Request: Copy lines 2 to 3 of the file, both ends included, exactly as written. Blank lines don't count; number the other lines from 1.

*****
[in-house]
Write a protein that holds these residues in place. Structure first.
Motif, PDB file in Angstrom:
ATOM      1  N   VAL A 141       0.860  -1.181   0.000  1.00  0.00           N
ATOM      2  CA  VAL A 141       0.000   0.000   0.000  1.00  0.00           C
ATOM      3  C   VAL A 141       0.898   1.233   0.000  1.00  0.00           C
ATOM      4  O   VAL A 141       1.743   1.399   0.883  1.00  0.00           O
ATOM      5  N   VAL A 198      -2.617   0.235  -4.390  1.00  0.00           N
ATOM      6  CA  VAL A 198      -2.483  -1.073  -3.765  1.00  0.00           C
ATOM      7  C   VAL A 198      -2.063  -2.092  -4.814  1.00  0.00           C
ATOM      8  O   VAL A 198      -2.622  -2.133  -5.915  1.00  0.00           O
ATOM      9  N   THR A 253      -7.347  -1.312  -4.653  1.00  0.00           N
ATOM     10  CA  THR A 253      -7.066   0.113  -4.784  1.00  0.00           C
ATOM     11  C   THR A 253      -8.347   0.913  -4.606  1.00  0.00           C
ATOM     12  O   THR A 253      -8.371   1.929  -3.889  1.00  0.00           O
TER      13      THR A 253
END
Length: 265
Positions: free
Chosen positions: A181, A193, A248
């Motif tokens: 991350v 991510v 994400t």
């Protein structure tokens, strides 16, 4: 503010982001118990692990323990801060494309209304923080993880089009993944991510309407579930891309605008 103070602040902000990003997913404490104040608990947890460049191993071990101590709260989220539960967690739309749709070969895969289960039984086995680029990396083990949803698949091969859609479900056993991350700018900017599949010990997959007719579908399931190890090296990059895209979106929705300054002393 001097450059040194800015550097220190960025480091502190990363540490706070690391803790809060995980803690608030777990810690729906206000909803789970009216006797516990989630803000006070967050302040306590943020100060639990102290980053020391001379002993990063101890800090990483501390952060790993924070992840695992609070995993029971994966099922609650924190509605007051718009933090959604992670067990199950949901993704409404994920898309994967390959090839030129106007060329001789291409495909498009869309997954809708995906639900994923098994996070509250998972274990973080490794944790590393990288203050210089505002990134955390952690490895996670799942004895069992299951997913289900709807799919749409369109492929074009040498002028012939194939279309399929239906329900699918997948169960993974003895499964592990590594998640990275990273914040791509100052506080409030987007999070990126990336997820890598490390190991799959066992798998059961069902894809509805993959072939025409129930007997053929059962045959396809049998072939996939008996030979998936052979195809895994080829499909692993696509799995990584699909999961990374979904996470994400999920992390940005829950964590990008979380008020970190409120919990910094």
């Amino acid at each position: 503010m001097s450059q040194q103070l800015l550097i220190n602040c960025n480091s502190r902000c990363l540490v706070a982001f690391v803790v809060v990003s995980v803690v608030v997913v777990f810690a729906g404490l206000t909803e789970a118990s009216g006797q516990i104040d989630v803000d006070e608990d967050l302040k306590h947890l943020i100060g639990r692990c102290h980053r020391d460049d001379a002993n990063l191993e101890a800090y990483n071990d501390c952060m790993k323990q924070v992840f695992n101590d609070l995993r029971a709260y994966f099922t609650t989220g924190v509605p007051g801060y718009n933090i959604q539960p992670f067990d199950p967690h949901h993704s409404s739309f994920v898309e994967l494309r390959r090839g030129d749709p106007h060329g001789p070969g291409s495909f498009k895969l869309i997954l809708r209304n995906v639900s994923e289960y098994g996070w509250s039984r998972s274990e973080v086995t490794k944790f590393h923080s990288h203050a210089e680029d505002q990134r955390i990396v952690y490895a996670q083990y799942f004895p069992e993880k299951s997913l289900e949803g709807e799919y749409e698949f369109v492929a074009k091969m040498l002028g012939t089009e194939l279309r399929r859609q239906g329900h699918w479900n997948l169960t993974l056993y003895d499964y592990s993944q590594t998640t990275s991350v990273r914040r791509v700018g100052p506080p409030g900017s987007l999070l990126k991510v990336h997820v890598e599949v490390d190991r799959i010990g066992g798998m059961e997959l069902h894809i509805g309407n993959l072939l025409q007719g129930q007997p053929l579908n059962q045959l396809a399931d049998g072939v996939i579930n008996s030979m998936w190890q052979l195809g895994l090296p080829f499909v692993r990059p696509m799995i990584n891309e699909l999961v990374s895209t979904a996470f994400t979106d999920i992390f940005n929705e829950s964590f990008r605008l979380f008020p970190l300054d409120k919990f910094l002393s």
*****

Write a protein that holds these residues in place. Structure first.
Motif, PDB file in Angstrom: